Data security is a significant issue of concern for both small and large organizations. As an organization holds onto data collected from customers and vendors, it should be wary of the threat posed by cybercriminals. There are several standards that you should comply with when it comes to information security. ISO 27001 is one such standard.
Data services are just like coats - not all are created equal. There's a varying range of price, quality and reliability. And, if your data doesn’t have a good coat, there could be a range of bad or costly decisions made. These decisions could affect the business performance, financial situation, risk jobs, or even the fate of the company.
From 25 May 2018, a new European General Data Protection Regulation (the “GDPR”) will apply and change the rules applicable to businesses that process “personal data” such as customer and employee data. Organisations will need to consider implementing new procedures in order to comply.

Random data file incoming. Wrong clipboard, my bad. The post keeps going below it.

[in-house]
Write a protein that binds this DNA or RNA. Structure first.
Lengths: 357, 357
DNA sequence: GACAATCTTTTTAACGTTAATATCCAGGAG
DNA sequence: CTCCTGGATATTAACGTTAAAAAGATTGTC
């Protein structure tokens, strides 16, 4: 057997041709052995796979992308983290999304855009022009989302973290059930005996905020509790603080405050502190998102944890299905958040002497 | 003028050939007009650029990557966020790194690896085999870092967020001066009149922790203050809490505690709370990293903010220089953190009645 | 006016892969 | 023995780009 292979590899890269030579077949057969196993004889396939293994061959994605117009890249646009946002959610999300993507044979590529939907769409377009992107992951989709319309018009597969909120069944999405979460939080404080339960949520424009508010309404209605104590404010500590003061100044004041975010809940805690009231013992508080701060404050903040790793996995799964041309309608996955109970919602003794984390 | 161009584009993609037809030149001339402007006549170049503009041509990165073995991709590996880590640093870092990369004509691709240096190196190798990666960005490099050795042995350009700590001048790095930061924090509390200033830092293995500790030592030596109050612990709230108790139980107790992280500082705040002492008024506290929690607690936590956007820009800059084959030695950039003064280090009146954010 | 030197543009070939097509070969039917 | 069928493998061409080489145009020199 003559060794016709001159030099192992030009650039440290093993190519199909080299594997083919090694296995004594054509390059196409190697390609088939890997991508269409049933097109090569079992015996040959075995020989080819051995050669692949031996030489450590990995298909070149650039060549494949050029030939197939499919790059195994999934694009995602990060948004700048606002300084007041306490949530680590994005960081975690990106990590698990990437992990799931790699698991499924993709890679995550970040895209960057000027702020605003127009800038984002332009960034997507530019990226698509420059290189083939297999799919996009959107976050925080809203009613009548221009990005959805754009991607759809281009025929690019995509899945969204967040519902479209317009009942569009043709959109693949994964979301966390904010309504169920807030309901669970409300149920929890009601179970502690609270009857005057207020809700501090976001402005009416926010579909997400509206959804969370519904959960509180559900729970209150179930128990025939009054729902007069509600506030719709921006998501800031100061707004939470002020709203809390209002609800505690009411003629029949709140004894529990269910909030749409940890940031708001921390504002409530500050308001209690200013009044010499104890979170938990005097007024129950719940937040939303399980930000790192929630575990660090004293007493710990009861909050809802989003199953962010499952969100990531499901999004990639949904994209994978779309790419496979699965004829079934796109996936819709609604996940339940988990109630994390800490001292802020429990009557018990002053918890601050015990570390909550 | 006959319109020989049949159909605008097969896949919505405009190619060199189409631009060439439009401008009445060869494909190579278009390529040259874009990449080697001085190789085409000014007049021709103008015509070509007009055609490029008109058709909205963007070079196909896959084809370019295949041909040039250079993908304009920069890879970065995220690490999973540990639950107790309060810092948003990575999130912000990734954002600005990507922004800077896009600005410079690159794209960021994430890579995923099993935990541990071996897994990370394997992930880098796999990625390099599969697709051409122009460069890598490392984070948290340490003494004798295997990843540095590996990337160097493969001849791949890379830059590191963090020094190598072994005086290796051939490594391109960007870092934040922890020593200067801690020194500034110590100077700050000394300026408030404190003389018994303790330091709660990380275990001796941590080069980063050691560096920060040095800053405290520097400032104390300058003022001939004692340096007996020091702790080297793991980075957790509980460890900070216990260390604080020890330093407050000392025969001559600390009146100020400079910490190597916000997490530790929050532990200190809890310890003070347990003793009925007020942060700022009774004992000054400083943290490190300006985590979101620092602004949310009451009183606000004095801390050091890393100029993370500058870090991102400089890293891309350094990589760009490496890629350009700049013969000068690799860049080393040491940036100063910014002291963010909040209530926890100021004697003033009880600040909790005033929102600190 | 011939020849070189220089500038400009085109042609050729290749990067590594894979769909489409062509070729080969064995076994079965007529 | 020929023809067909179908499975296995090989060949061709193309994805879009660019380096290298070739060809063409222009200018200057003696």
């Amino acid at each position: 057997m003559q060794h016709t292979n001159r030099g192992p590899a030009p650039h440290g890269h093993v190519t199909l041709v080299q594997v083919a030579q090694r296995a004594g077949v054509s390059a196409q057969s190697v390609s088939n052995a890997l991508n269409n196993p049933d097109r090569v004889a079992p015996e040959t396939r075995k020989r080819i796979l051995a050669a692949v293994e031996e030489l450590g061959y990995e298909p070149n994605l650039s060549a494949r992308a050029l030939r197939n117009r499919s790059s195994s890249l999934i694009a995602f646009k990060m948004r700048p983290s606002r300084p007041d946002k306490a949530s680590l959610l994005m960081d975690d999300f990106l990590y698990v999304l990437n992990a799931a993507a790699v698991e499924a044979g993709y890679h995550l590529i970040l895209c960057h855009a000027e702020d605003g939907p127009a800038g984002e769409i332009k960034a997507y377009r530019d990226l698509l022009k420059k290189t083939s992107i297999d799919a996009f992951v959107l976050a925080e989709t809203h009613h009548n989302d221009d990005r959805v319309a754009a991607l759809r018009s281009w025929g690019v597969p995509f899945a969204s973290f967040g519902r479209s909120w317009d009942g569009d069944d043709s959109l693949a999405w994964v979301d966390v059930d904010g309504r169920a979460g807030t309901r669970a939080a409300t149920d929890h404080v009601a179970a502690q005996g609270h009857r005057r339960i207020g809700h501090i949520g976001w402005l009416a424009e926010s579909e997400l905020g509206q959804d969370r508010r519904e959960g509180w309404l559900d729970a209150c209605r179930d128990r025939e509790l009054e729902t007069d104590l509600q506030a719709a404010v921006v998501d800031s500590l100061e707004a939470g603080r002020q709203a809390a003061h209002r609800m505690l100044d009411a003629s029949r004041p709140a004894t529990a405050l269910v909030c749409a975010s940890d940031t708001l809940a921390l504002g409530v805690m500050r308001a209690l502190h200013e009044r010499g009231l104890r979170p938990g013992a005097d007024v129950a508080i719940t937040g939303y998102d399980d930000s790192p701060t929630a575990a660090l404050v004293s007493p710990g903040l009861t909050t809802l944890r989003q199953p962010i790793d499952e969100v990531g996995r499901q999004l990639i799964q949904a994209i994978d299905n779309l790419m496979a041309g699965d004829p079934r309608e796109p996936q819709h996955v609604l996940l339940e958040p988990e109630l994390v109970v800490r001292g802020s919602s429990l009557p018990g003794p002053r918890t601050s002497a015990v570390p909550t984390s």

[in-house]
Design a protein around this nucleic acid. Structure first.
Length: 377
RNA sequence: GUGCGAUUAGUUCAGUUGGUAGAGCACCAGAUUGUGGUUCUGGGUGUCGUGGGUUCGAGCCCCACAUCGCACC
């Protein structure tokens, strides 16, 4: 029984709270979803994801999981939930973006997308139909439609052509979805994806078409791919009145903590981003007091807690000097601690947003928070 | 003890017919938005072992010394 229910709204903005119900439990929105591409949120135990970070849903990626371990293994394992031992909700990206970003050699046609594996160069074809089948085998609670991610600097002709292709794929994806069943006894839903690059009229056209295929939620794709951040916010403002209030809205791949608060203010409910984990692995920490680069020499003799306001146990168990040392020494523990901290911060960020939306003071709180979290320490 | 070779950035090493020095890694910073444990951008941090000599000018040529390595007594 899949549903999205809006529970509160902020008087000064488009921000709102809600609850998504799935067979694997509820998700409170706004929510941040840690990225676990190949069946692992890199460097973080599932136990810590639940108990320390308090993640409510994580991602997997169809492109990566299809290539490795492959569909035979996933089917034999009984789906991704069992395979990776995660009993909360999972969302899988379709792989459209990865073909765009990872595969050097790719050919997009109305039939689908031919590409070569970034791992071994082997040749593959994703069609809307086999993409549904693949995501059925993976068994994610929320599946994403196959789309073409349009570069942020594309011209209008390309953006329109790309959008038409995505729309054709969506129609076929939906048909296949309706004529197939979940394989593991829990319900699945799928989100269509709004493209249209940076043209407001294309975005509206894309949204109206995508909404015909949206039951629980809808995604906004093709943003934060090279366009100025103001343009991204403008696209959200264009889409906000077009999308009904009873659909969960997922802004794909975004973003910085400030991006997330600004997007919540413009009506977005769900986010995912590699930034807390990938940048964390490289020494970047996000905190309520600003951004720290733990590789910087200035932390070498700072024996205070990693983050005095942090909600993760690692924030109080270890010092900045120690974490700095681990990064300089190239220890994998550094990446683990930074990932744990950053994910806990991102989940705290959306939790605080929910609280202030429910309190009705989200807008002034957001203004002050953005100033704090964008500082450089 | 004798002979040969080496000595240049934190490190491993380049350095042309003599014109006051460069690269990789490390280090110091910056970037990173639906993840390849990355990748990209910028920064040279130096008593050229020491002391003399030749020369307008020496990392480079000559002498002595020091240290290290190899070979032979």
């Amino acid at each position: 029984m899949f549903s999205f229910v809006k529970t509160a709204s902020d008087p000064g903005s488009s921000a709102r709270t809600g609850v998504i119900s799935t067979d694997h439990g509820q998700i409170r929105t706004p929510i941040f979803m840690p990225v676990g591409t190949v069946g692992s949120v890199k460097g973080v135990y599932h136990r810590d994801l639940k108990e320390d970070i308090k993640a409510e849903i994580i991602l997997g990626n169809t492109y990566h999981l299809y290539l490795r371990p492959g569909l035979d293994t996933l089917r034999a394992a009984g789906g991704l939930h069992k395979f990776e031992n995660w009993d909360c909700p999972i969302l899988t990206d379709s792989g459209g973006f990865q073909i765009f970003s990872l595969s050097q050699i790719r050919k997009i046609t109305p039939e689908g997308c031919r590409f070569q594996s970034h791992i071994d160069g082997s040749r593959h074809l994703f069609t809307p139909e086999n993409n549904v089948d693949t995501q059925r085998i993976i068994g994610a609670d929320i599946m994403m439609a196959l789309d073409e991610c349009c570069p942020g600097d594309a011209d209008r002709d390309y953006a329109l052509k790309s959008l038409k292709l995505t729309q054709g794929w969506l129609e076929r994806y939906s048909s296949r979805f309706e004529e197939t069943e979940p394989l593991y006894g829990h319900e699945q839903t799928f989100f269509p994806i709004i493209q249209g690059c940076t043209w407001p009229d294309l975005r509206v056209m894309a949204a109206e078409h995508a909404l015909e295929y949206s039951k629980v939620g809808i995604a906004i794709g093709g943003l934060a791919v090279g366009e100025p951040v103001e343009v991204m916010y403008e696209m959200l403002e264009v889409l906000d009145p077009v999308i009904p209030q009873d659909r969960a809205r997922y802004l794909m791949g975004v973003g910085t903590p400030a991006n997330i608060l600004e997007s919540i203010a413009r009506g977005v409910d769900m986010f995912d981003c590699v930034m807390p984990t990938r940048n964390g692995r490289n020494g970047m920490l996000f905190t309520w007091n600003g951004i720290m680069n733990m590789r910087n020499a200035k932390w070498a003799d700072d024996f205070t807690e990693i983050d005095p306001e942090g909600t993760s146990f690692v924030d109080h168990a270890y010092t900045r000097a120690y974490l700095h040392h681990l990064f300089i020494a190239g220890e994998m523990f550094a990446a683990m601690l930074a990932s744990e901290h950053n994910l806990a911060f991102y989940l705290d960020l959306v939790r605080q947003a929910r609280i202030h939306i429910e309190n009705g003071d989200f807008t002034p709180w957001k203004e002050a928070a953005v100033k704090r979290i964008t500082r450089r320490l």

Levels of concern in business appear to be rising, as the date for the roll out of the new EU Data Protection regulations, known as GDPR, was announced (May 25, 2018, by the way). Social media were alight with comment and speculation and many people were questioning if a potential Brexit could impact the uptake of the regulations in the UK. The bottom line is, we have our own Data Protection Act, which will remain and it is not possible to rule out the adoption of best practice guidelines, regardless of any potential Brexit outcome.
The data and cyber regulatory regime in the EU – which includes, for the time being at least, the UK – is undergoing a very significant shake-up. The new General Data Protection Regulation which will come into force on 25 May 2018 will bring a number of new measures into play such as much increased fines (up to the higher of 4% of annual worldwide turnover or 20 million euros, in some cases) and mandatory reporting of most data security breaches.